Ballot stuffing is the illegal act of one person submitting multiple ballots during a vote in which only one ballot per person is permitted. The name originates from the earliest days of this practice in which people literally did stuff more than one ballot in a ballot box at the same time. In a government election, this is a form of electoral fraud.
Detecting ballot-stuffing depends a great deal on how good the record-keeping is. Most election systems match the number of persons showing up to vote with the number of ballots cast, and/or preparing the forms so that they are difficult to fake. A common method still used in small village elections throughout the USA uses two ballot boxes and a single sheet of paper for a ballot. After marking the ballot, the sheet is folded in half with each part dropped in the corresponding ballot box. The number of marked ballots in one box will equal the number of ballot sheet headers in the other ballot box, thus preventing ballot stuffing. In short, successful ballot-stuffing usually requires the misconduct of genuine registered voters and/or elections personnel.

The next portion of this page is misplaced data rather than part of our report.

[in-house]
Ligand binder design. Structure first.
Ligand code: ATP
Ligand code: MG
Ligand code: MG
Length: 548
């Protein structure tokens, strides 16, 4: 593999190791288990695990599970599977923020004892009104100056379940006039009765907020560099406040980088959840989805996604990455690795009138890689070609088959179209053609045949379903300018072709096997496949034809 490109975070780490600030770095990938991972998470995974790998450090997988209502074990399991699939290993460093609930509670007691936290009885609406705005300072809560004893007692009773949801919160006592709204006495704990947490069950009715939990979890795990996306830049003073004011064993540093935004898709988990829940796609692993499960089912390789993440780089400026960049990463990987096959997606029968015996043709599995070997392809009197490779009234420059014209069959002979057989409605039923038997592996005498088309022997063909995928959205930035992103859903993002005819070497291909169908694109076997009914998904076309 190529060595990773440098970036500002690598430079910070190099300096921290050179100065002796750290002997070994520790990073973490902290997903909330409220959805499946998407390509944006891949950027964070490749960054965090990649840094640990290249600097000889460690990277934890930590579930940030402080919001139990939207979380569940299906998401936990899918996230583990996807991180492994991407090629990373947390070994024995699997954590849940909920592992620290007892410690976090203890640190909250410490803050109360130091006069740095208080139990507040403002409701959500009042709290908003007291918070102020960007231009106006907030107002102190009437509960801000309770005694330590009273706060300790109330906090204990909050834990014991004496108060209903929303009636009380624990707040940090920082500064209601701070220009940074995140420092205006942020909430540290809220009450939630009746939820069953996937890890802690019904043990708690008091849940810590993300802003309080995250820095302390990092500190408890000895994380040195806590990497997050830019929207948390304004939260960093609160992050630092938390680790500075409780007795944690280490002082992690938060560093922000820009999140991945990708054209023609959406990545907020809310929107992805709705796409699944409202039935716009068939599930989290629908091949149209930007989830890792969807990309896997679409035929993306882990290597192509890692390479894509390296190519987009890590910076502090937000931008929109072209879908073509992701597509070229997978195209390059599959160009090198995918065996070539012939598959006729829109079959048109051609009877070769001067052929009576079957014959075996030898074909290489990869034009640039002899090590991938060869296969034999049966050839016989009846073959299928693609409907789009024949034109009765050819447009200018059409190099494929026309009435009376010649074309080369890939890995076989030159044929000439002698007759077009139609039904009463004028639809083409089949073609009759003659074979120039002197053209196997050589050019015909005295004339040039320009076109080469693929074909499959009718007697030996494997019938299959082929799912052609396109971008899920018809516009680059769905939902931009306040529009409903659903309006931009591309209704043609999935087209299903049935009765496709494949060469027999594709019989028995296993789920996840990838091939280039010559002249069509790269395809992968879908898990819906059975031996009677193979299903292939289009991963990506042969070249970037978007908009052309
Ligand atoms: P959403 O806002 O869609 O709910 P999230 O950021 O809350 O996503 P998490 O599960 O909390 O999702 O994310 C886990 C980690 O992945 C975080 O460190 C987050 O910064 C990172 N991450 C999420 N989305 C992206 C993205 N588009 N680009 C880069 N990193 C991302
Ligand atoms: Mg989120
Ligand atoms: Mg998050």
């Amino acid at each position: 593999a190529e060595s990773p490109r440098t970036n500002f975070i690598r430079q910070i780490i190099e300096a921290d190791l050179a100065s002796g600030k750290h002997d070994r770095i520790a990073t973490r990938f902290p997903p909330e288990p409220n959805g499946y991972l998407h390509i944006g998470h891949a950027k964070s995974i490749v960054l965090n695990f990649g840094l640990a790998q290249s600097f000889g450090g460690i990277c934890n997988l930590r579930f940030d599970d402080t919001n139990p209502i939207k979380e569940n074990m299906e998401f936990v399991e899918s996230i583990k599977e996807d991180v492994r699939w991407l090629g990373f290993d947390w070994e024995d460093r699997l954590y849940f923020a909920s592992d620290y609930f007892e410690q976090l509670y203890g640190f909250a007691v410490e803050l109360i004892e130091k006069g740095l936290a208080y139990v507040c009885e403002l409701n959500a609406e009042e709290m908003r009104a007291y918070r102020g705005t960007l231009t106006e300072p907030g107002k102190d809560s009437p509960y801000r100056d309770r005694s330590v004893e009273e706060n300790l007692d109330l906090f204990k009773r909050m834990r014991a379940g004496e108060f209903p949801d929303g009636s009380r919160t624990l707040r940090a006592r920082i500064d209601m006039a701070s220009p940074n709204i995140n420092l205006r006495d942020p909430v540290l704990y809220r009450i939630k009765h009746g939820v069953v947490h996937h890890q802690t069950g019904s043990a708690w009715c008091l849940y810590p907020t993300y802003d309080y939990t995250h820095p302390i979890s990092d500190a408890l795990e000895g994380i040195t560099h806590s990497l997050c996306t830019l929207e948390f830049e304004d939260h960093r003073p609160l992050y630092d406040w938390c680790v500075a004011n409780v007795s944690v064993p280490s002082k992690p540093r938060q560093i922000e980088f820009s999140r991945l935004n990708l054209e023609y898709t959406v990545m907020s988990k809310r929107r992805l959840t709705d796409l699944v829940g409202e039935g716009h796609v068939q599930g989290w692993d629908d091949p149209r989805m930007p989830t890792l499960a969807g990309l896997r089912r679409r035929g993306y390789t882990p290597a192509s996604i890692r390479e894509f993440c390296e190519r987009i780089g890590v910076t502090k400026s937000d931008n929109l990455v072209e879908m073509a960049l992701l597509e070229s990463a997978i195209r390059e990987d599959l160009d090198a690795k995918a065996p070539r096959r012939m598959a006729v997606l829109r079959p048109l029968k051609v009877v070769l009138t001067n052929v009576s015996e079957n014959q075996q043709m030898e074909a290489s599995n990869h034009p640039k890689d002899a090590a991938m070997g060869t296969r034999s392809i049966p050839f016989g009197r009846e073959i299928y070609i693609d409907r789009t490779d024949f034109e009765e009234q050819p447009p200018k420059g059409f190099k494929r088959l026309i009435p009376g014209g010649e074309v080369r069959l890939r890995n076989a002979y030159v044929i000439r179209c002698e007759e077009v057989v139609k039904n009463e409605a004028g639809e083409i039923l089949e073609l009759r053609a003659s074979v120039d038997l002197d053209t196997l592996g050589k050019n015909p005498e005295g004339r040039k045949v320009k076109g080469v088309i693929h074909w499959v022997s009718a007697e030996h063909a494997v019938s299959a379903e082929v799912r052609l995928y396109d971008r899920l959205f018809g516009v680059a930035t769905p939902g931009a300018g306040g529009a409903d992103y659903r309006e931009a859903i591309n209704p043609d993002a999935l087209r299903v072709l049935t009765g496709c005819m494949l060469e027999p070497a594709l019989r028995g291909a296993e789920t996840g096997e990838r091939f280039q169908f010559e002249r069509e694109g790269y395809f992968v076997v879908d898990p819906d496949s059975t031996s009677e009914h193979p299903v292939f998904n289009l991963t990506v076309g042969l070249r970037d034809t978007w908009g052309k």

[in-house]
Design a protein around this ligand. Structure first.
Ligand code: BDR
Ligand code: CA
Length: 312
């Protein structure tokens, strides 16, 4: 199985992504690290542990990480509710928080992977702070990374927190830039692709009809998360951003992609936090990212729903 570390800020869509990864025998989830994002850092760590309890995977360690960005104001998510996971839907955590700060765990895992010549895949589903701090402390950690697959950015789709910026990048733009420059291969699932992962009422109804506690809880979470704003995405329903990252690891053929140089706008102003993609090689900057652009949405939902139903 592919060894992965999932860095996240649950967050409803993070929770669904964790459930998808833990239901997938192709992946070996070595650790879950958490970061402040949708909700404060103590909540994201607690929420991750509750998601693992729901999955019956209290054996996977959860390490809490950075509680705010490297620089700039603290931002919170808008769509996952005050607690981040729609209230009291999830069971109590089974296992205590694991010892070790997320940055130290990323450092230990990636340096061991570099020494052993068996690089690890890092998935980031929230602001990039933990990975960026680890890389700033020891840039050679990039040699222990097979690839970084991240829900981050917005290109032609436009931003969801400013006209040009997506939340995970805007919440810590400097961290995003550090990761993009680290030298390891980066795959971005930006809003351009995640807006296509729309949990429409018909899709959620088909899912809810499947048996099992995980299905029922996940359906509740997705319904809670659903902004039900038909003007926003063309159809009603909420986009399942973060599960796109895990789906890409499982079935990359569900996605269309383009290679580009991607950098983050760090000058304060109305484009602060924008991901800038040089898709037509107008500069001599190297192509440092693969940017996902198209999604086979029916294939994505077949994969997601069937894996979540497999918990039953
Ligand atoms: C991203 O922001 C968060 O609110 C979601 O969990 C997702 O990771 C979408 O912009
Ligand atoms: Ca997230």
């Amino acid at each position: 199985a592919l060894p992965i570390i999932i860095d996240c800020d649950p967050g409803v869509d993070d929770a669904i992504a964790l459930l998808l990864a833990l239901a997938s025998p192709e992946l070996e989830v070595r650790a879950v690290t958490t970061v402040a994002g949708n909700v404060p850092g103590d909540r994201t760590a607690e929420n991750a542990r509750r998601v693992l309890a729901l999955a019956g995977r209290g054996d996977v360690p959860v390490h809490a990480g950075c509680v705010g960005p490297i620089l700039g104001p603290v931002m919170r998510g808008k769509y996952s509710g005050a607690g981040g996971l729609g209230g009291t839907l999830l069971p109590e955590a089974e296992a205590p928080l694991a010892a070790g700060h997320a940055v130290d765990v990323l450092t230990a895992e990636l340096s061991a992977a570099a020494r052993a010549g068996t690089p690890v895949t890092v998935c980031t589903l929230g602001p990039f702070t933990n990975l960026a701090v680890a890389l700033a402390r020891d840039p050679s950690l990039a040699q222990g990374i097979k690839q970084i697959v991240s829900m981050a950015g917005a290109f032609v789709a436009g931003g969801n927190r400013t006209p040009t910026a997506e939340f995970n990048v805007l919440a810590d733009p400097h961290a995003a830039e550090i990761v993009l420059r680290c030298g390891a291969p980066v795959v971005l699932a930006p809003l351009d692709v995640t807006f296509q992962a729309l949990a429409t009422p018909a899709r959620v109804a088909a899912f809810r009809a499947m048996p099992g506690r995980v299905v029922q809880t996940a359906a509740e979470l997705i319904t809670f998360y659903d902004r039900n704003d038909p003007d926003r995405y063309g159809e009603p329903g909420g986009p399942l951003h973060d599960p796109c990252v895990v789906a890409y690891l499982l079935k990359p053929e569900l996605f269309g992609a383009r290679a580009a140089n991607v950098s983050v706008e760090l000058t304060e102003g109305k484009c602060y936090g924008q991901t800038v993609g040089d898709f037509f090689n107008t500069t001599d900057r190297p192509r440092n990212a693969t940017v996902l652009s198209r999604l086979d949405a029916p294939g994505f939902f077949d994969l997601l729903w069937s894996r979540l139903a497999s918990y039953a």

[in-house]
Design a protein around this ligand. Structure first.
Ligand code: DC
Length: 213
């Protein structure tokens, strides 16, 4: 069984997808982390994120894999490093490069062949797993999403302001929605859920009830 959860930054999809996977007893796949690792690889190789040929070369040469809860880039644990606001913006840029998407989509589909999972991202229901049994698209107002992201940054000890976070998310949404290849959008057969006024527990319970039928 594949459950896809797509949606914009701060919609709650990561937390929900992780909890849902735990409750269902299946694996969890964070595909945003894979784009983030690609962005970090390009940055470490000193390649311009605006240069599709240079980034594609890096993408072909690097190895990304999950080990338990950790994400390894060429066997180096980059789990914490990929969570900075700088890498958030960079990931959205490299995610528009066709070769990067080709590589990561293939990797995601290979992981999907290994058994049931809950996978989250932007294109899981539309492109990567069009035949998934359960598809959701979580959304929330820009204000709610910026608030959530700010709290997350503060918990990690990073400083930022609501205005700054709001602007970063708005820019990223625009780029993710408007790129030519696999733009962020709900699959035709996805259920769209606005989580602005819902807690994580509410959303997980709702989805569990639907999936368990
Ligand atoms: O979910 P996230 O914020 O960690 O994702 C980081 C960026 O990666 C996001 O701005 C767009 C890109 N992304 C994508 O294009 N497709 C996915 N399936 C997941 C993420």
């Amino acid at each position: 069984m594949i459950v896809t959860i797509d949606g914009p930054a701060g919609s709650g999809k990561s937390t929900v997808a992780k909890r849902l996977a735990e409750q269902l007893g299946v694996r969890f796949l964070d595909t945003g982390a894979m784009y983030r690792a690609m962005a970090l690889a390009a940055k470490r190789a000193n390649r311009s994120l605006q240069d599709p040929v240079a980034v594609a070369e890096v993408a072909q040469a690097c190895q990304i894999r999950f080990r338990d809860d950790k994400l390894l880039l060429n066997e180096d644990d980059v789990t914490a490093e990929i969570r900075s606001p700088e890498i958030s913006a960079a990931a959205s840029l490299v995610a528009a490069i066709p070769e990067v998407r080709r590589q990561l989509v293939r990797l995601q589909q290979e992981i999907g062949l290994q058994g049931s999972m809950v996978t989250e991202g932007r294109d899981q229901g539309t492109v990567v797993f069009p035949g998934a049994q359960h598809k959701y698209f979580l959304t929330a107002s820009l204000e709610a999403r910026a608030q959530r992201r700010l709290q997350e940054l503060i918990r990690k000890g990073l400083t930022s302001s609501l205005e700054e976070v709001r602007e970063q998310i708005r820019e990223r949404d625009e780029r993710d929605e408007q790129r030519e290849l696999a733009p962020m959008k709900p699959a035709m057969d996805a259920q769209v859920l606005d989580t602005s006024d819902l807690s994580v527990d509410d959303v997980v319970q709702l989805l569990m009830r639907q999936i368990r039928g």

Ballot stuffing with voting machines would be possible with Sequoia touchscreen machines. They have a yellow button on the back side which allows to vote again. Pressing the button also triggers two beeps so abusing this feature is essentially only possible without supervision. On other voting machines administrative access using a key or chip card might also allow a person to vote multiple times.
Ballot-stuffing can be accomplished in a number of ways. Often, a ballot-stuffer will cast votes on the behalf of people who did not show up to the polls (known as telegraphing); sometimes, votes will even be cast by those who are long dead or fictitious characters in TV shows, books, and movies (known as padding). In earlier societies with little paperwork, dead people were kept "alive" on paper for the purpose of ballot-stuffing. The family of the deceased often helped along, either to assist their party or for money.